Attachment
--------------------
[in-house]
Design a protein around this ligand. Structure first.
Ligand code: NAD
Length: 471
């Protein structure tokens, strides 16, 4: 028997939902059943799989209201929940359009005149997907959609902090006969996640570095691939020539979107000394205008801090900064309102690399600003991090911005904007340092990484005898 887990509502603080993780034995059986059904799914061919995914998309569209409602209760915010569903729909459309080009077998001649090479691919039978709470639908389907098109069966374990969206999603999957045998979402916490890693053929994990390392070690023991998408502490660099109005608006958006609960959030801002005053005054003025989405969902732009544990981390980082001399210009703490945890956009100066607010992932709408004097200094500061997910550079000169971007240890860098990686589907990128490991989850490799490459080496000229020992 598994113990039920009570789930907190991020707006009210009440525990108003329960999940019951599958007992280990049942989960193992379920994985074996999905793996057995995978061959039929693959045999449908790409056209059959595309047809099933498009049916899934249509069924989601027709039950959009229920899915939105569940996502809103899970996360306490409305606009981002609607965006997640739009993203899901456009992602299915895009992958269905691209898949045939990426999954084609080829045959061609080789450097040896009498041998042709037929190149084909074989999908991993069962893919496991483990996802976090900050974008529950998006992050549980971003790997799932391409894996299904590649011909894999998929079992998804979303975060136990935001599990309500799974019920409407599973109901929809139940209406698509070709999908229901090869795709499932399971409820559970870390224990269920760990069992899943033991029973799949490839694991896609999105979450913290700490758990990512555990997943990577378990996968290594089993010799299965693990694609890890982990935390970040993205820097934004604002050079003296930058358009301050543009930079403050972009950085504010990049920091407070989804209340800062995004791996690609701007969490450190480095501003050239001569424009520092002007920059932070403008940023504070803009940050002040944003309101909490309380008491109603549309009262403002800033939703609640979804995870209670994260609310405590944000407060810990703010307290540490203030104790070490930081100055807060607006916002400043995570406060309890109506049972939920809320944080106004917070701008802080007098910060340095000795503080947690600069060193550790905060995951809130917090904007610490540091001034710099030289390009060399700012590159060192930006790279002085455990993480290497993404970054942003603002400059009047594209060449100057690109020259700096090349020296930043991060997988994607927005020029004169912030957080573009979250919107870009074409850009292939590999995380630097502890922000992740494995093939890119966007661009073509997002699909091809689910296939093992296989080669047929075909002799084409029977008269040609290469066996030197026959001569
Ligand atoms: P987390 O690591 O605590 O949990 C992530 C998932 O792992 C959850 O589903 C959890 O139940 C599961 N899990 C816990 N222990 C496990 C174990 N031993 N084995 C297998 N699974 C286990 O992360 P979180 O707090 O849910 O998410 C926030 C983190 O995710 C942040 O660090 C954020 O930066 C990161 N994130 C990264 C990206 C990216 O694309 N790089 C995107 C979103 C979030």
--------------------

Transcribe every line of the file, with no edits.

[in-house]
Design a protein around this ligand. Structure first.
Ligand code: NAD
Length: 471
């Protein structure tokens, strides 16, 4: 028997939902059943799989209201929940359009005149997907959609902090006969996640570095691939020539979107000394205008801090900064309102690399600003991090911005904007340092990484005898 887990509502603080993780034995059986059904799914061919995914998309569209409602209760915010569903729909459309080009077998001649090479691919039978709470639908389907098109069966374990969206999603999957045998979402916490890693053929994990390392070690023991998408502490660099109005608006958006609960959030801002005053005054003025989405969902732009544990981390980082001399210009703490945890956009100066607010992932709408004097200094500061997910550079000169971007240890860098990686589907990128490991989850490799490459080496000229020992 598994113990039920009570789930907190991020707006009210009440525990108003329960999940019951599958007992280990049942989960193992379920994985074996999905793996057995995978061959039929693959045999449908790409056209059959595309047809099933498009049916899934249509069924989601027709039950959009229920899915939105569940996502809103899970996360306490409305606009981002609607965006997640739009993203899901456009992602299915895009992958269905691209898949045939990426999954084609080829045959061609080789450097040896009498041998042709037929190149084909074989999908991993069962893919496991483990996802976090900050974008529950998006992050549980971003790997799932391409894996299904590649011909894999998929079992998804979303975060136990935001599990309500799974019920409407599973109901929809139940209406698509070709999908229901090869795709499932399971409820559970870390224990269920760990069992899943033991029973799949490839694991896609999105979450913290700490758990990512555990997943990577378990996968290594089993010799299965693990694609890890982990935390970040993205820097934004604002050079003296930058358009301050543009930079403050972009950085504010990049920091407070989804209340800062995004791996690609701007969490450190480095501003050239001569424009520092002007920059932070403008940023504070803009940050002040944003309101909490309380008491109603549309009262403002800033939703609640979804995870209670994260609310405590944000407060810990703010307290540490203030104790070490930081100055807060607006916002400043995570406060309890109506049972939920809320944080106004917070701008802080007098910060340095000795503080947690600069060193550790905060995951809130917090904007610490540091001034710099030289390009060399700012590159060192930006790279002085455990993480290497993404970054942003603002400059009047594209060449100057690109020259700096090349020296930043991060997988994607927005020029004169912030957080573009979250919107870009074409850009292939590999995380630097502890922000992740494995093939890119966007661009073509997002699909091809689910296939093992296989080669047929075909002799084409029977008269040609290469066996030197026959001569
Ligand atoms: P987390 O690591 O605590 O949990 C992530 C998932 O792992 C959850 O589903 C959890 O139940 C599961 N899990 C816990 N222990 C496990 C174990 N031993 N084995 C297998 N699974 C286990 O992360 P979180 O707090 O849910 O998410 C926030 C983190 O995710 C942040 O660090 C954020 O930066 C990161 N994130 C990264 C990206 C990216 O694309 N790089 C995107 C979103 C979030």